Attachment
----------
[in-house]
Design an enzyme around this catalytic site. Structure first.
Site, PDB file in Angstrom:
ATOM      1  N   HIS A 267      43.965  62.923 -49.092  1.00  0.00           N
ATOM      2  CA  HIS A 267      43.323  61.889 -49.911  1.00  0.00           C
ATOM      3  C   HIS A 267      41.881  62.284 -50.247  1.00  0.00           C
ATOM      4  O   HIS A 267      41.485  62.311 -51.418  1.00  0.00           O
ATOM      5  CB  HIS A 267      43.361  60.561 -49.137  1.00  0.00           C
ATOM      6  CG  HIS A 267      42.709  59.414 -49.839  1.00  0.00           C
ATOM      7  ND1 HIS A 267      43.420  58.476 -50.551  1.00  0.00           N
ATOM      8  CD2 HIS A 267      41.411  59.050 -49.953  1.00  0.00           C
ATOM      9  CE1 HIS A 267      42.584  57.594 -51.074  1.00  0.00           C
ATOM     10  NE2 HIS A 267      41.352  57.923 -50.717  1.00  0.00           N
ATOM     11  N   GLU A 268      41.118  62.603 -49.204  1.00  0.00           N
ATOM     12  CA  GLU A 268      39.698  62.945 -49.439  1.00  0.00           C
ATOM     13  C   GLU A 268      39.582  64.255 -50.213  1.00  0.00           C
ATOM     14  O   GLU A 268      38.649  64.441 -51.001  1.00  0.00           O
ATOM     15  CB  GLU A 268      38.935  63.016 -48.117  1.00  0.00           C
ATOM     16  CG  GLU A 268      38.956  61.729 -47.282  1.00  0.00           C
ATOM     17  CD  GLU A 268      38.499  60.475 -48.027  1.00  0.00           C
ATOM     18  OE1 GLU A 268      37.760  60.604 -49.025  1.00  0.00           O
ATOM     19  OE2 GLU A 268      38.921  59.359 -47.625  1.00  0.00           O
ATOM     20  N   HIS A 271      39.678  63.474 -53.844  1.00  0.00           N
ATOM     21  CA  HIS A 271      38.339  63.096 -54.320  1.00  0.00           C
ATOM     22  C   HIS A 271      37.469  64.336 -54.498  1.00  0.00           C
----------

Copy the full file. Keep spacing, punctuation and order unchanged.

[in-house]
Design an enzyme around this catalytic site. Structure first.
Site, PDB file in Angstrom:
ATOM      1  N   HIS A 267      43.965  62.923 -49.092  1.00  0.00           N
ATOM      2  CA  HIS A 267      43.323  61.889 -49.911  1.00  0.00           C
ATOM      3  C   HIS A 267      41.881  62.284 -50.247  1.00  0.00           C
ATOM      4  O   HIS A 267      41.485  62.311 -51.418  1.00  0.00           O
ATOM      5  CB  HIS A 267      43.361  60.561 -49.137  1.00  0.00           C
ATOM      6  CG  HIS A 267      42.709  59.414 -49.839  1.00  0.00           C
ATOM      7  ND1 HIS A 267      43.420  58.476 -50.551  1.00  0.00           N
ATOM      8  CD2 HIS A 267      41.411  59.050 -49.953  1.00  0.00           C
ATOM      9  CE1 HIS A 267      42.584  57.594 -51.074  1.00  0.00           C
ATOM     10  NE2 HIS A 267      41.352  57.923 -50.717  1.00  0.00           N
ATOM     11  N   GLU A 268      41.118  62.603 -49.204  1.00  0.00           N
ATOM     12  CA  GLU A 268      39.698  62.945 -49.439  1.00  0.00           C
ATOM     13  C   GLU A 268      39.582  64.255 -50.213  1.00  0.00           C
ATOM     14  O   GLU A 268      38.649  64.441 -51.001  1.00  0.00           O
ATOM     15  CB  GLU A 268      38.935  63.016 -48.117  1.00  0.00           C
ATOM     16  CG  GLU A 268      38.956  61.729 -47.282  1.00  0.00           C
ATOM     17  CD  GLU A 268      38.499  60.475 -48.027  1.00  0.00           C
ATOM     18  OE1 GLU A 268      37.760  60.604 -49.025  1.00  0.00           O
ATOM     19  OE2 GLU A 268      38.921  59.359 -47.625  1.00  0.00           O
ATOM     20  N   HIS A 271      39.678  63.474 -53.844  1.00  0.00           N
ATOM     21  CA  HIS A 271      38.339  63.096 -54.320  1.00  0.00           C
ATOM     22  C   HIS A 271      37.469  64.336 -54.498  1.00  0.00           C